We’re committed to sharing news and information from local and national media about COVID-19, available vaccines, and immunization-related topics. Each edition we’ll review clips from across the U.S., from various news outlets and platforms, and bring you ten timely and relevant links.
This week: Q&A about COVID-19 Vaccines in Nevada; reminders of routine childhood immunizations; initial COVID-19 vaccine safety data; personal experiences of those getting vaccinated; vaccine myths; and watch out for phishing scams. Thanks for reading!
Bookmark this page: "Indy Q+A: When can I expect to receive the COVID-19 vaccine? Who is getting vaccinated now? Is it safe?" The Nevada Independent (January 13th, 2021)
All answers are based on interviews with state and local immunization officials and health care workers and publicly available resources from the state of Nevada, the Centers for Disease Control and Prevention and the Food and Drug Administration. This article will be updated as more information on the COVID-19 vaccine becomes available. It was last updated on: Friday, Jan. 29, 2021 at 10:01 a.m.
"The Indy Explains: Why Nevada ranks at the bottom for COVID-19 vaccine doses received, given" The Nevada Independent (January 26th, 2021)
Nevada has earned a reputation over the years for ranking at the bottom of all the wrong health care lists. But Nevadans have grown increasingly frustrated over the past few days at the fact that the Silver State is both receiving and administering fewer doses per capita than almost every other state in the nation. Nevada ranks second to last for doses received and third to last for shots given per 100,000 residents, according to data from the Centers for Disease Control and Prevention. Nevada does slightly better when it comes to doses administered as a percentage of doses it has received — ranking 28th — though that number is still only a little more than 55 percent. So, where are the remaining 45 percent of vaccines?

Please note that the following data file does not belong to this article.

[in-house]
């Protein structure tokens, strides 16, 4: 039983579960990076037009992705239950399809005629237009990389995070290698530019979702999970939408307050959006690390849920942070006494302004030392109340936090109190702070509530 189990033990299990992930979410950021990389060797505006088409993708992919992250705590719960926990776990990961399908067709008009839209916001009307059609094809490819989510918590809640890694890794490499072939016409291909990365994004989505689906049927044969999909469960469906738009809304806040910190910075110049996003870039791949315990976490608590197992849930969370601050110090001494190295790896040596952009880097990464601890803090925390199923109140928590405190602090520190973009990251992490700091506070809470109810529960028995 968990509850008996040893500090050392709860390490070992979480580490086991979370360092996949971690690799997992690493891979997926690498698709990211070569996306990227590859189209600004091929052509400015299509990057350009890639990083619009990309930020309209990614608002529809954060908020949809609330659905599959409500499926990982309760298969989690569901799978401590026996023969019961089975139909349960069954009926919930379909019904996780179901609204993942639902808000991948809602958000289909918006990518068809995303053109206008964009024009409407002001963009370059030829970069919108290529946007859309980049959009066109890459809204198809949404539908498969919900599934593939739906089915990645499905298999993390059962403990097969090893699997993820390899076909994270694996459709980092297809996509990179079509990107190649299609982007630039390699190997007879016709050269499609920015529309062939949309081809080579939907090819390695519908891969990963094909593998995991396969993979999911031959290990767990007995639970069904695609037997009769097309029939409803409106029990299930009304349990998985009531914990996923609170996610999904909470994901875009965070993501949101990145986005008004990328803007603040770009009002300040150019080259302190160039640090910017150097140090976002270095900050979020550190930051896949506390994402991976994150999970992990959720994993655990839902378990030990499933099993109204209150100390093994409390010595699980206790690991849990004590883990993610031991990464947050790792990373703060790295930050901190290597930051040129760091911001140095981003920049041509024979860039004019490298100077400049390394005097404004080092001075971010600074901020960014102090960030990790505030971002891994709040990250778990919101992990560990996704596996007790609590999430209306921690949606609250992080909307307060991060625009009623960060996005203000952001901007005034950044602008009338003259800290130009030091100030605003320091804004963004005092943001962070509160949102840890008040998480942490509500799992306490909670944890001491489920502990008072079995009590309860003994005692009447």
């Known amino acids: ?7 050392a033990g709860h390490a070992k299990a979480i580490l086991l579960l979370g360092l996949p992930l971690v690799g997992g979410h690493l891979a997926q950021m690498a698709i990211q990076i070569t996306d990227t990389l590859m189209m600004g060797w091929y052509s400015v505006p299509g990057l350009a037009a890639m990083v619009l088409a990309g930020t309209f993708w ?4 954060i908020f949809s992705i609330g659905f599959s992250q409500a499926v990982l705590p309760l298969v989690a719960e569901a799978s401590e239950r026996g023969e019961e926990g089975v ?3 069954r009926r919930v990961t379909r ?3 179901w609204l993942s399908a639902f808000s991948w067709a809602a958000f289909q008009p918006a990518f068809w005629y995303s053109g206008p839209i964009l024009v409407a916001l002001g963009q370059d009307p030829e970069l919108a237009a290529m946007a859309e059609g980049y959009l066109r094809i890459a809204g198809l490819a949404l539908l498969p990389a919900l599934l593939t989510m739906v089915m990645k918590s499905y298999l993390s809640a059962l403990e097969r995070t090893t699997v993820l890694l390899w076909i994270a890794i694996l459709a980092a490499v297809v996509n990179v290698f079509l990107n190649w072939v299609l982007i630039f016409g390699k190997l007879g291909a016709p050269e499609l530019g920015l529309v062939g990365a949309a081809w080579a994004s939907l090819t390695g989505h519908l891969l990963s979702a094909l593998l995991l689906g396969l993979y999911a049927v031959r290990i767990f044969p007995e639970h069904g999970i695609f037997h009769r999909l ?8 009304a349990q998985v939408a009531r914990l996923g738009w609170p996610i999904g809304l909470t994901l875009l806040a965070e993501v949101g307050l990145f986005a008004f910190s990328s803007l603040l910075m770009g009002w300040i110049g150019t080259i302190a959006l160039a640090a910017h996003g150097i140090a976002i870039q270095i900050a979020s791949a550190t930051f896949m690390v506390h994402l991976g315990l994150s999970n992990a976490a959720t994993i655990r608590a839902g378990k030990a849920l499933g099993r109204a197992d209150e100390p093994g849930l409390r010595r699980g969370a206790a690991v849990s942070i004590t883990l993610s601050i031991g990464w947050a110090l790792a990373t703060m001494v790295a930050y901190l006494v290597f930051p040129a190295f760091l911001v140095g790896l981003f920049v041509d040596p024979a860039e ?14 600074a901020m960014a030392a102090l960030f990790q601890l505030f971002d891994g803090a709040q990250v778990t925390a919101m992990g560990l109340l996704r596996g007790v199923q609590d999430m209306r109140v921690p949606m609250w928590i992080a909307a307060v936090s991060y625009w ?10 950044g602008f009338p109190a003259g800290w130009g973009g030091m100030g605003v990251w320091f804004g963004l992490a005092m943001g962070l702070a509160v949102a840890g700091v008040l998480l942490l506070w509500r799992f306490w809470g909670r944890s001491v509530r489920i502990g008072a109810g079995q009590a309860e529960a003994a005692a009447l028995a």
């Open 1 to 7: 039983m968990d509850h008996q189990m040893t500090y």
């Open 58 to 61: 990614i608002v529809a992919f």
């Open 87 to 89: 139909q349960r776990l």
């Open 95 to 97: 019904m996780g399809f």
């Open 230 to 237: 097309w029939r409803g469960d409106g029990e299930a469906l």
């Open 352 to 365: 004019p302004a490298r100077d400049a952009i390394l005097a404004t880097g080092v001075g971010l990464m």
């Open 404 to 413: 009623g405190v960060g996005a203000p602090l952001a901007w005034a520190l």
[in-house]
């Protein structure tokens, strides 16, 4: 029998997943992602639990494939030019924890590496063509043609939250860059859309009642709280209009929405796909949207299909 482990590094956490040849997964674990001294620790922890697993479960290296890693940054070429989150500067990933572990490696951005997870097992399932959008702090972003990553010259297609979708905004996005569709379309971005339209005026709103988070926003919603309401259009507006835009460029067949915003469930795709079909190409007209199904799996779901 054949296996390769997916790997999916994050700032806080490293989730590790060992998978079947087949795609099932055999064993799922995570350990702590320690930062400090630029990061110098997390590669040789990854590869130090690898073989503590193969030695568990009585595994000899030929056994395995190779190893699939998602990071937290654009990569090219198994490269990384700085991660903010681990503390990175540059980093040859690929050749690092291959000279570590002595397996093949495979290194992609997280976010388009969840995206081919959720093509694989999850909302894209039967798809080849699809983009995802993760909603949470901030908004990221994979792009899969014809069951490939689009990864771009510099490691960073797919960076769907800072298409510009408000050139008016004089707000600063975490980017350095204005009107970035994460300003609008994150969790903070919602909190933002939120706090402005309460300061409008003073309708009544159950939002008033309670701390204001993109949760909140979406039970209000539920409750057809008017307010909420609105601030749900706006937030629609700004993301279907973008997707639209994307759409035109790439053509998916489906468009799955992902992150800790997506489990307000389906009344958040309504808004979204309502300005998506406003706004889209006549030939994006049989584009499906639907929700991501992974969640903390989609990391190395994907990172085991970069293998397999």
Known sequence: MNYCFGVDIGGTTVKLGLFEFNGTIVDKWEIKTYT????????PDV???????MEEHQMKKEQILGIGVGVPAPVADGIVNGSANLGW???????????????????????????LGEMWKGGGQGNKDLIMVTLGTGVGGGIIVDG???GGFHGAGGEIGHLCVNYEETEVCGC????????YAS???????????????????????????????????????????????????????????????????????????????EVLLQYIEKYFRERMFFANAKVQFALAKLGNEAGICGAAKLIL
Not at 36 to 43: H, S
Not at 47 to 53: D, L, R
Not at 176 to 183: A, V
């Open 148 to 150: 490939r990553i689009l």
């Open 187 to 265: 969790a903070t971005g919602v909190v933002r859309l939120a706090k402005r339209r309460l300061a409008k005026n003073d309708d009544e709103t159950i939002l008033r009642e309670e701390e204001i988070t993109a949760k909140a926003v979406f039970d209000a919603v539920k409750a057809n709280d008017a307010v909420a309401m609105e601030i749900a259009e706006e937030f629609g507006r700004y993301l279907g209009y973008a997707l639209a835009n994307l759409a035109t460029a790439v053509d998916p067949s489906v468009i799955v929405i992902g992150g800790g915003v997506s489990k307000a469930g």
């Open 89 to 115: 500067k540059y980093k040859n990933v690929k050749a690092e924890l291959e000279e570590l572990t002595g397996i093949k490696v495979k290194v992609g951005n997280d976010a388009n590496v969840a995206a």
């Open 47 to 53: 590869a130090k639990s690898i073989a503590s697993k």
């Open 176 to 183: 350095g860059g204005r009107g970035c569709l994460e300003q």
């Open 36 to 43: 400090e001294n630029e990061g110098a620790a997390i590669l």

“In Midst of Pandemic, Fear of Measles Comeback” Medical Daily (January 28, 2021)
Experts are warning that another public health crisis is brewing in this country. Fewer children have been receiving their routine vaccines in 2020, enough so that a possible outbreak, namely of measles, could result. ‘What we fear is having an epidemic within the pandemic,’ explained Angela Shen, ScD, MPH, 'you don't want to have a micro-epidemic of measles [in] the backdrop of the current Covid pandemic.' Dr. Shen is a visiting researcher at the Children’s Hospital of Philadelphia with a background in public health at the CDC and FDA.
“4 Steps Parents Can Take to Protect Their Child’s Immunity Right Now” Stanford Children’s Health (January 28, 2021)
The best thing that parents can do for their child’s immunity is to stick to their immunization schedule: Diphtheria, pertussis, several strains of bacterial pneumonia, rotavirus, meningitis, measles, mumps, and rubella can be harmful and even life-threatening for children. The good news is that these diseases are preventable with routine vaccinations.
“The First 22m Americans Have Been Vaccinated for COVID-19, and Initial Safety Data Shows Everything is Going Well, CDC Says” USA Today (January 28, 2021)